Saturday, February 16, 2013



What to do if your pet runs away DON'T HESITATE The minute you realize your pet is missing, start looking! 

The sooner you start, the better chance of success.

 START BY CALLING: Your local animal shelter, humane society or animal control. Then check the point where the animal was last seen. Dogs are often drawn to parks, woods or schoolyards. Talk to neighbors -- describe your pet and ask them to be on the lookout. Be sure to talk to children, too. They are likely to know all the hiding places and may have the time to help you search. People who make regular deliveries in your area can be very helpful if you let them know what you're looking for. Mail and newspaper carriers should be notified. 

TELL THE WORLD If an immediate search doesn't bring results, prepare a poster for mass distribution. Make it black ink on white paper, 8 ½ x 11 inches or larger. Include on the poster a written description of color, size, weight, age, sex and other distinguishing features like scars and tattoos. Note whether the animal was wearing a collar and tags when lost.


do this:


"Let’s think about the most likely reason your pet ran away.
Let’s think about the size and fitness of your pet.
Let’s draw a circle around the spot you lost your pet. Half a mile? A mile? Five miles? You decide.
Let’s think about the places in that circle where you pet would likely go to find company, comfort and food. A school yard? A house where your pet sometimes gets treats or has a buddy it looks at during walks? A stranger’s open car door?
Let’s think about all the people who live inside that circle, who go to school there, who play in the yards, who come and mow the lawns and deliver the mail and read the gas meters and deliver the packages. People who spend lots of time outside and are likely to see a lost dog. People who drive through your part of the world regularly as part of their work, who you don’t know and who don’t know you.
Let’s get all of them looking for your lost pet. Let’s add a thousand people to the search.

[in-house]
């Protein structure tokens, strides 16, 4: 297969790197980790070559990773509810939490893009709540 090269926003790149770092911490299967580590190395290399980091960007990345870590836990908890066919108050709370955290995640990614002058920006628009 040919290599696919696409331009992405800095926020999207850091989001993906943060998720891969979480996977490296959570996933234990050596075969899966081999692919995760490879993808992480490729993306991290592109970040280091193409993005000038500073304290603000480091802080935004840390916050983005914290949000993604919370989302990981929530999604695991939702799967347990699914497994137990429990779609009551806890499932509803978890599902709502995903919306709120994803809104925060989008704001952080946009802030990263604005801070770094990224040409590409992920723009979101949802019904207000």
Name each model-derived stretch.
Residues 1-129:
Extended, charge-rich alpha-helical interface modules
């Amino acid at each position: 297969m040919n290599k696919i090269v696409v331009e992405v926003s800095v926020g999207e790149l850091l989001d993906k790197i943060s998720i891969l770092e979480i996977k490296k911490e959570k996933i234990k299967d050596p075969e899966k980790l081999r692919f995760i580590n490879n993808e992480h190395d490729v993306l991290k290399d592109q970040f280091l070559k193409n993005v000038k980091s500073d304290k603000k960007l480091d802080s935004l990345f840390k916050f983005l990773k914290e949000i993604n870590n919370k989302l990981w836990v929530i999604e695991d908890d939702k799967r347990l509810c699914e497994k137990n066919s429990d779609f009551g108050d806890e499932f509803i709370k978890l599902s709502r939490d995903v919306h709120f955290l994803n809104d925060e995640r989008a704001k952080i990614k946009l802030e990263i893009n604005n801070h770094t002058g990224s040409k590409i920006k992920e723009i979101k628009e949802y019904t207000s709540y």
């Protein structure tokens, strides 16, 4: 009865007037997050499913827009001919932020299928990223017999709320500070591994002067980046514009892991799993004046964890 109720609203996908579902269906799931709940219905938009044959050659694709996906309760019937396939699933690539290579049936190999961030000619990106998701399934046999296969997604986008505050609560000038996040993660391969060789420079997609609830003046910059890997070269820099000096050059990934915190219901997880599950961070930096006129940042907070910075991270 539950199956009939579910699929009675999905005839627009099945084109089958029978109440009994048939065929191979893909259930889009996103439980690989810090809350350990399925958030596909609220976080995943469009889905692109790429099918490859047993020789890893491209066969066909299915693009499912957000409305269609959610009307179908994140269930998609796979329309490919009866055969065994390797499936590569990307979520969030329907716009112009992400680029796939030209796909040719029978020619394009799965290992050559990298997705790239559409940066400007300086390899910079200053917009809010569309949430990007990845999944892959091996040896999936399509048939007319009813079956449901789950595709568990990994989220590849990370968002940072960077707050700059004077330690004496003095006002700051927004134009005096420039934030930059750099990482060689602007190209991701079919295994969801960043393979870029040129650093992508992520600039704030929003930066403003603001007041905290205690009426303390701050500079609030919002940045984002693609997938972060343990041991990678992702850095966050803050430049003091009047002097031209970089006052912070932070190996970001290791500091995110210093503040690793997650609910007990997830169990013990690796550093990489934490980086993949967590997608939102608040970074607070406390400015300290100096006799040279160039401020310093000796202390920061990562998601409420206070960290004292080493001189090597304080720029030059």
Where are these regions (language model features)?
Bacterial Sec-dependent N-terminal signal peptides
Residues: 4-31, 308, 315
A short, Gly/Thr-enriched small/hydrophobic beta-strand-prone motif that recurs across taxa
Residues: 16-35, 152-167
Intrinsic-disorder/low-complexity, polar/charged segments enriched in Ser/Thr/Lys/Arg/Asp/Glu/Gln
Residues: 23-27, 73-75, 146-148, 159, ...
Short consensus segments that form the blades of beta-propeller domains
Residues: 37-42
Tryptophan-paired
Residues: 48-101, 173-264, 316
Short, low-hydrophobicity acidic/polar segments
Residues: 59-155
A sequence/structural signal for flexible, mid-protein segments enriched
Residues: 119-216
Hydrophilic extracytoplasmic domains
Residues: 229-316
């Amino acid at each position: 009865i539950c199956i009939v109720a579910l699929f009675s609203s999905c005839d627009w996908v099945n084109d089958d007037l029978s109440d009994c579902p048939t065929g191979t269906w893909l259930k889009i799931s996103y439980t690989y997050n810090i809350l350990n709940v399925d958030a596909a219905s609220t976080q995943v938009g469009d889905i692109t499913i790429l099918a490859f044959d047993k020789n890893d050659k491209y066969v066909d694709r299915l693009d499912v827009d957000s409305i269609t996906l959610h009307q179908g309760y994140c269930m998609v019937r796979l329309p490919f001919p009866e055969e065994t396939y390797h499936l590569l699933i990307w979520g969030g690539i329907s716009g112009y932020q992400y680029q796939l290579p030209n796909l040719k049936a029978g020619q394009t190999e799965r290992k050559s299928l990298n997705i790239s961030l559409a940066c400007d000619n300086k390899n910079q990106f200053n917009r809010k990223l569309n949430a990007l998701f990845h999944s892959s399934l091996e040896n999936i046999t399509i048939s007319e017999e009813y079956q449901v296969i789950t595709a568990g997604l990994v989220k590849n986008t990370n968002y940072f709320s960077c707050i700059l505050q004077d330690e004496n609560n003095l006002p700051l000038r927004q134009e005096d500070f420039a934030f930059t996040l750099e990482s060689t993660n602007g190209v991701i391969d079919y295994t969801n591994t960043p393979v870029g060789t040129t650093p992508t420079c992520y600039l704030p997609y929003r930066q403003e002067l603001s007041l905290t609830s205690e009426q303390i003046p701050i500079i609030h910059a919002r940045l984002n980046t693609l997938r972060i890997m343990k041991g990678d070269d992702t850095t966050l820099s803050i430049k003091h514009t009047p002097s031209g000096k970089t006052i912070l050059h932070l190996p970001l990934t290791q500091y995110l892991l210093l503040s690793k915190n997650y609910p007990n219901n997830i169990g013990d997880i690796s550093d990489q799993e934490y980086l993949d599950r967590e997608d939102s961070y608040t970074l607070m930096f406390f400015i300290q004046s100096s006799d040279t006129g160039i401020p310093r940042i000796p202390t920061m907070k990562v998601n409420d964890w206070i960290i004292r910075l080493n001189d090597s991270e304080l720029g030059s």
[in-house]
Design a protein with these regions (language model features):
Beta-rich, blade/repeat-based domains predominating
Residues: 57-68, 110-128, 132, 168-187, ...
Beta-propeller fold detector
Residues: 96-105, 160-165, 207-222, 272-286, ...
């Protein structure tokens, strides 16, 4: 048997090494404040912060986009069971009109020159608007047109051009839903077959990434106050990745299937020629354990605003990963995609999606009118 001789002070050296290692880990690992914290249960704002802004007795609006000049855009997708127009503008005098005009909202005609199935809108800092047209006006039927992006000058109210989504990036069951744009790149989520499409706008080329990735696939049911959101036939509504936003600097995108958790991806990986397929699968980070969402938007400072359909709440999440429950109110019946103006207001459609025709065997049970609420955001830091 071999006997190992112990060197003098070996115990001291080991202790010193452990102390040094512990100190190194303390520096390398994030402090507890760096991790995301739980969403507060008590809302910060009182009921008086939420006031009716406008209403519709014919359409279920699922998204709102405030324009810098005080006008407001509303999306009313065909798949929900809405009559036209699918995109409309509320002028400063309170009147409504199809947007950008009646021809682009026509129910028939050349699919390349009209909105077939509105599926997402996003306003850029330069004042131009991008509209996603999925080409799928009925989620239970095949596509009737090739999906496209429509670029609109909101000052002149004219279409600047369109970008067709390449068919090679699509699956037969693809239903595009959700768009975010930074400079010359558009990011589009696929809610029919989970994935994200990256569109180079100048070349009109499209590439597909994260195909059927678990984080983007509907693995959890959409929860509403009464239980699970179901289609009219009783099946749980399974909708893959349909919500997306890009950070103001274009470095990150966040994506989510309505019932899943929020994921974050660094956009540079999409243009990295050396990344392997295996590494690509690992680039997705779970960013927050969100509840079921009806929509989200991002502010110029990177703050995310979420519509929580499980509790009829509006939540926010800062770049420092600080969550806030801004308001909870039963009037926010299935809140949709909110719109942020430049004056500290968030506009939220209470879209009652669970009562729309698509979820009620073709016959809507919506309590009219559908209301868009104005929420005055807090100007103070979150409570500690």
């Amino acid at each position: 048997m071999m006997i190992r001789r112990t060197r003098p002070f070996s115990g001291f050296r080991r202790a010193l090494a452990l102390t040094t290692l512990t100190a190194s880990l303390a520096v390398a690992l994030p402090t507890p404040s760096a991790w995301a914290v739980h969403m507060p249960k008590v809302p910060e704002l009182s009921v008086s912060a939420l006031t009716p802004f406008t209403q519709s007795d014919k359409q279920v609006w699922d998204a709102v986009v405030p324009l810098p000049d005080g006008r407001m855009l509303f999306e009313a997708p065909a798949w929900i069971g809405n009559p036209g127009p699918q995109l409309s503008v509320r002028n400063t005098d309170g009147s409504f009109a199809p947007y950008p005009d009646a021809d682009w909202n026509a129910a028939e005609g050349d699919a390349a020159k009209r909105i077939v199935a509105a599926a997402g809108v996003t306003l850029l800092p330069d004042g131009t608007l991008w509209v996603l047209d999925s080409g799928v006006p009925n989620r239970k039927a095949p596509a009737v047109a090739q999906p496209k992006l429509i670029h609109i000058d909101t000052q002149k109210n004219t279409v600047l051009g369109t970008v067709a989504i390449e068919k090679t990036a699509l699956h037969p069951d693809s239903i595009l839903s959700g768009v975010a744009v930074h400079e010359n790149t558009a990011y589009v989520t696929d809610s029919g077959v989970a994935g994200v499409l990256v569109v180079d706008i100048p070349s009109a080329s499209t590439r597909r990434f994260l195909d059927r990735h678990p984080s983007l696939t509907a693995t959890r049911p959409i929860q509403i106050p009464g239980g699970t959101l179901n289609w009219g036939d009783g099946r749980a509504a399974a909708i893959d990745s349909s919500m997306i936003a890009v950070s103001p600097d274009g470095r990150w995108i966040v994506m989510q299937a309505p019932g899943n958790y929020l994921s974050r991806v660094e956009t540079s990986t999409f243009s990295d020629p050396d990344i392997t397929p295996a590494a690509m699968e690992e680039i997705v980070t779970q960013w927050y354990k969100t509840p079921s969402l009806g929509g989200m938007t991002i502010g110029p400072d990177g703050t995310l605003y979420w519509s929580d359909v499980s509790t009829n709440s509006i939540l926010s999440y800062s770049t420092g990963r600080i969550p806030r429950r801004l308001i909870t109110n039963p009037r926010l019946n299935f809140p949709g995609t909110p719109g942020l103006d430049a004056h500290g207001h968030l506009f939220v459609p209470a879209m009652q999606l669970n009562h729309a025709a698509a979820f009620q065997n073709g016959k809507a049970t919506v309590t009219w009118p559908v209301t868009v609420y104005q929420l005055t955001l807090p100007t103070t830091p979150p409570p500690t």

You need to make up big signs, colorful, eye catching signs. You need to include the word Reward in big letters, to make everyone understand that this is really important to you. You have to include a photo of your pet. If you don’t have an appealing photo, then you can create one by copying an image off the internet. Use one of the major search engines, select images as the filter, put in a description of your dog and suddenly you will have dozens of images to choose from. Don’t worry if you are borrowing someone’s holiday photo of their dog – they will probably be only too happy to learn they are helping yours come home.
If you are in a bilingual community, put your sign in both languages. The major search engines on the internet translate your text immediately and for free.
Take your text on and your image of your pet on disk or in photo form to the local copy / print store. They can quickly turn it into a large colorful poster for a very small fee. Please help us find ….. She was last seen at the corner of ….. She is a Golden Labrador, 3 years old. She was wearing a red collar. REWARD of $300 for information leading to her return.
Have them print up 10 to 20 large signs, and 100 small versions that you can mail.
You want to put the signs where the most people who either live, work, or regularly travel through the circle will have a chance to slow down and see them. Major intersections controlled by traffic lights. Entry and exit to parks. Where all the school children get off the bus or are dropped off in the morning, so both parents and children can see them. Entry and exit to grocery store. The local espresso bar.
Now you have added a thousand people to your search.
The person who took your dog to their vet in the next city. The child who saw a dog in the back of their yard. The new neighbor who didn’t know that was your animal. The truck driver who stopped on a route to pick up a lost dog, but couldn’t do anything about it until he had finished his delivery, 2 hours down the highway. They are out there looking with you.